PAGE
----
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Deciding to become a physician assistant has allowed me to do two things I love: constantly learn something new and take care of patients.

Physician Assistant Program

The Physician Assistant (PA) profession originated at Duke in the mid 1960s. Dr. Eugene A. Stead Jr., then Chairman of the Department of Medicine, believed that mid-level practitioners could increase consumer access to health services by extending the time and skills of the physician. Today, physician assistants are well-recognized and highly sought-after members of the health care team. Working interdependently with physicians, PAs provide diagnostic and therapeutic patient care in virtually all medical specialties and settings. They take patient histories, perform physical examinations, order laboratory and diagnostic studies and develop patient treatment plans. In all states, including North Carolina, PAs have the authority to write prescriptions. Their job descriptions are as diverse as those of their supervising physicians, and include patient education, team leadership, medical education, health administration and research.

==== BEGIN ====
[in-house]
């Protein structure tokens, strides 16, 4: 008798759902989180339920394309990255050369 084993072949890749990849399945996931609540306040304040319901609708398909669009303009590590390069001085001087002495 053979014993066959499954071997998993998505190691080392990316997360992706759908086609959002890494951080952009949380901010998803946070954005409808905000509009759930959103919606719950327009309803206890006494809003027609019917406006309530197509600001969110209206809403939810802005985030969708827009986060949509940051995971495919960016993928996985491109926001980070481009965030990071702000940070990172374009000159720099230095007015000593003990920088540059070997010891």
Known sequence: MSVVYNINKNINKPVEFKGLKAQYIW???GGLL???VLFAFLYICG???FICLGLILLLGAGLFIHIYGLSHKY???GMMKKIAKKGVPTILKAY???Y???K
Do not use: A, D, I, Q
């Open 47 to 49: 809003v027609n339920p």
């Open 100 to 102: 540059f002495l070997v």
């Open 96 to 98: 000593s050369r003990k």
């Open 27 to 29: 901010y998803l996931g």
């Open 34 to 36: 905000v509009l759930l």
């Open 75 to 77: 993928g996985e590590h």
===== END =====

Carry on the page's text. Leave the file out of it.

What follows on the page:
One-third of graduate PAs provide primary health care services, especially in family and general internal medicine. About 40% of graduate PAs work in hospital settings. About one-fourth of all clinically active PAs work in surgery and its subspecialities.

PAs are interdependent members of the health care team. Many tasks have been integrated into the PA role, particularly in the institutional and larger clinic setting. While not always clinical in nature, these tasks are essential to the practice of the PA’s supervising physician. For example, PAs in the tertiary care setting are often involved in the acquisition, recording and analysis of research data, the development of patient and public education programs, and the administration of their departments’ clinical and educational services. Involvement in these other services has provided job advancement for PAs in these settings.

Additional nonclinical positions are developing for PAs. While these positions do not involve patient care, they depend on a strong clinical knowledge base.

The MHS curriculum provides PAs with depth of knowledge in the basic medical sciences and clinical medicine, as well as skills in administration and research. With these expanded skills, graduates can take advantage of the wide diversity of positions available to PAs.